• In the case of Hollywood Silver Fox Farm v Emmett [1936] 2 K.B. 468, it was held that it was possible to claim for nuisances performed by defendants on their own land with the malicious intention to disrupt the claimant’s use of adjoining land.

Facts of the Case

  • C used their land for the purpose of breeding silver foxes. This land was adjacent to a field owned by D.
  • During breeding season, vixens are known to become nervous, and if disturbed could refuse to breed, miscarry or kill their young.
  • C erected on his land a noticeboard with their business name inscribed. This could be viewed from D’s land.
  • D, who intended to develop his field as a building estate, believed that the noticeboard would be detrimental for his purposes.
  • D asked C to remove the noticeboard, but C replied that he saw no reason for removing it. A few days later, D repeated his request.
  • After being refused, D threatened C that if the noticeboard was not removed, he would during the breeding season shoot with black powder as near as he could get to the pens during the breeding season to prevent cubs from being raised.
  • At 6.30pm on 2nd April 1935, D sent his young son to discharge a gun at the boundary of D’s land next to the breeding pens. This repeated for the three following days.
  • On the last occasion D was present when C came out to protest the shooting. D asked if C intended to remove the noticeboard. D said that he had a right to shoot as he pleased on his own land.
  • On 4th April, C’s solicitors wrote to D demanding the discontinuation of discharging guns near the breeding pens.
  • D replied that the shooting was done to keep down rabbits injuring his property.


  • Did D have an absolute right to create noise on his own property, regardless of malicious interference with C’s business on his own land?

Held by the King’s Bench Division

  • Finding for C, that no landowner has the absolute right to create noises upon his own land; it is subject to the condition that it must not be exercised to the nuisance of his neighbours. D’s actions were clearly a malicious nuisance. C was awarded damages and an injunction to prevent the discharging of guns during the breeding season.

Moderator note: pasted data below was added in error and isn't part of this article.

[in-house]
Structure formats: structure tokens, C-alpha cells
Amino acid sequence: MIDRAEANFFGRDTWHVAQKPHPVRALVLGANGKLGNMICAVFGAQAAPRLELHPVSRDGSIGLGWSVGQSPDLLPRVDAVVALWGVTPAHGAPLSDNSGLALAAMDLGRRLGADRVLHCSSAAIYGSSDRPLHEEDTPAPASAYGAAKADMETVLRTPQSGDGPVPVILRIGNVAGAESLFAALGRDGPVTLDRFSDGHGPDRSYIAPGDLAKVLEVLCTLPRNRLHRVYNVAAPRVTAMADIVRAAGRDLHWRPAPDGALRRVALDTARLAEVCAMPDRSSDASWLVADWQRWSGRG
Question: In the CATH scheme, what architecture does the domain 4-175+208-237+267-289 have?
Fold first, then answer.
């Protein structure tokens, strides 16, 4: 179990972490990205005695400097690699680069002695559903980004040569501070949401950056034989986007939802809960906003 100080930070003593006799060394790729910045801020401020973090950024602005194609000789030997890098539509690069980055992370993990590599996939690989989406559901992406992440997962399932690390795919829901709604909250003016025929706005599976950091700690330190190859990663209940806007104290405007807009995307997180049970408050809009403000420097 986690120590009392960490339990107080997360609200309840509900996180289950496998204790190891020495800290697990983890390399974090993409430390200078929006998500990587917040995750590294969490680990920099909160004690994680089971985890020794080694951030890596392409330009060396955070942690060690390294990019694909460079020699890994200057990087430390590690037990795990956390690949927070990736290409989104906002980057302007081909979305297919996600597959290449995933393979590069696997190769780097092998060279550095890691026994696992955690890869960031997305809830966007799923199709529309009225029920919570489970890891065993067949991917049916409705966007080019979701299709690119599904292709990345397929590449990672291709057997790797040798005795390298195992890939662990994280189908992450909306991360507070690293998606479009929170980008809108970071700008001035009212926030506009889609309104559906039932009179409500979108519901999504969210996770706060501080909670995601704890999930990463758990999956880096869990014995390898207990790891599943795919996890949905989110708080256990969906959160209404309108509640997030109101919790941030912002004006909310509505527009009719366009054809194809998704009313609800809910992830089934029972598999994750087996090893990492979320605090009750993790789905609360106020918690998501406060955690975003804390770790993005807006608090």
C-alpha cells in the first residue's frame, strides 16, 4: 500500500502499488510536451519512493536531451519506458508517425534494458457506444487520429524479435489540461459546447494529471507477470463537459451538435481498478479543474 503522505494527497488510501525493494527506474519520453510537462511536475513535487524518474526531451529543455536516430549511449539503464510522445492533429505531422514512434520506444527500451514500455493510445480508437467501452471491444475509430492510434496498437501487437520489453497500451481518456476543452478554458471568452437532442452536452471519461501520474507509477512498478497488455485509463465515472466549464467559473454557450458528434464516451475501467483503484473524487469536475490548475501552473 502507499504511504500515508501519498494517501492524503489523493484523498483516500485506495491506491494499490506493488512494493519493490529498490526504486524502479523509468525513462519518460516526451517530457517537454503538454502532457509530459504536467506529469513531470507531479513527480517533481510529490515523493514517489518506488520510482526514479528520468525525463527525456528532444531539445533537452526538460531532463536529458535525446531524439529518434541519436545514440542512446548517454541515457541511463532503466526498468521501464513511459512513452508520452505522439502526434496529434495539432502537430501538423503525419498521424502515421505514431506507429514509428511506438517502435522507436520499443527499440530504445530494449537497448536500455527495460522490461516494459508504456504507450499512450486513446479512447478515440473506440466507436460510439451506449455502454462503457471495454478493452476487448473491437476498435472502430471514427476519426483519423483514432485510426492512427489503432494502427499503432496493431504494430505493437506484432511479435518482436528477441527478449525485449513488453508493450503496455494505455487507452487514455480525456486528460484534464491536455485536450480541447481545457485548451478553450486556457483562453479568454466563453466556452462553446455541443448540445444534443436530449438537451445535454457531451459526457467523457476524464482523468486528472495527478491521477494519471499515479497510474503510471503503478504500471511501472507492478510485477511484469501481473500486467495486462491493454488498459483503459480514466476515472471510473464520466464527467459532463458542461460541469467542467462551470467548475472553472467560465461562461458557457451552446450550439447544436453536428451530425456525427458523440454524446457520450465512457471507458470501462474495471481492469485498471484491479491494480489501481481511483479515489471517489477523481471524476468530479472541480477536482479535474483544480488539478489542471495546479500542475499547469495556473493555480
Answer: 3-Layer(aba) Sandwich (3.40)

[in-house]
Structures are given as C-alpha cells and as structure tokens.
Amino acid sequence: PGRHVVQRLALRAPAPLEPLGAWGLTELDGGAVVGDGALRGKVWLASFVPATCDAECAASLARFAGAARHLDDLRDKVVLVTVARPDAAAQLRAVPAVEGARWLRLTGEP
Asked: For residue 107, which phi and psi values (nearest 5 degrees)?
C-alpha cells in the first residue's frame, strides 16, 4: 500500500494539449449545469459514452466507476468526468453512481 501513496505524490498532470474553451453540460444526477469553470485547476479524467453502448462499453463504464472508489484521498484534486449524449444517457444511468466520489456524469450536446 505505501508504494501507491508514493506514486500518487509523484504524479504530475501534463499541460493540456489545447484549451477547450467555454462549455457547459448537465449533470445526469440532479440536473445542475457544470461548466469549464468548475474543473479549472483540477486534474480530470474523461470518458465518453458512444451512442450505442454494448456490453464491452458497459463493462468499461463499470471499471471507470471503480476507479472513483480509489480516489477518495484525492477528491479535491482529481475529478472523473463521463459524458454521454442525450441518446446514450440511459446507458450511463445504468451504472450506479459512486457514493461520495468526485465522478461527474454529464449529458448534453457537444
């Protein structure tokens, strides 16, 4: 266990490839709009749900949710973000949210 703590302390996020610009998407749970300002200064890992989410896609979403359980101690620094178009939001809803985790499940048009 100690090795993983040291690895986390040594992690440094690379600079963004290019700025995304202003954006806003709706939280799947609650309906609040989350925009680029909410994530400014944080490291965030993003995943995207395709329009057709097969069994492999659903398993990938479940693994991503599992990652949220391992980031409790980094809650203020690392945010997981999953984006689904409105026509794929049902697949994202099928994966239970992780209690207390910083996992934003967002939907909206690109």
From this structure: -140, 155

Macnaghten J.

  • It has been argued that the keeping of a silver fox farm is not an ordinary use of C’s land. Robinson v Kilvert held that an action was not a nuisance because it would not interfere with ordinary use, and the claimant’s business in that case was extraordinary. However, D’s intention interferes with this argument.
  • In Gaunt v Fynney, Lord Selborne said ‘a nuisance by noise (supposing malice to be out of the question) is emphatically a question of degree.’ The wording clearly indicated that his Lordship thought that in cases where noises were made maliciously, different considerations would apply.
  • “The cases to which I have referred were decided before the decision of the House of Lords in Bradford Corporation v Pickles, and the question therefore arises whether those cases must now be considered as overruled. It is to be observed that in Allen v Flood Lord Watson discussed fully the case of Keeble v Hickeringill and said with reference to that case: ‘No proprietor has an absolute right to create noises upon his own land, because any right which the law gives him is qualified by the condition that it must not be exercised to the nuisance of his neighbours or of the public. If he violates that condition, he commits a legal wrong, and if he does so intentionally, he is guilty of a malicious wrong, in its strict legal sense’” [476].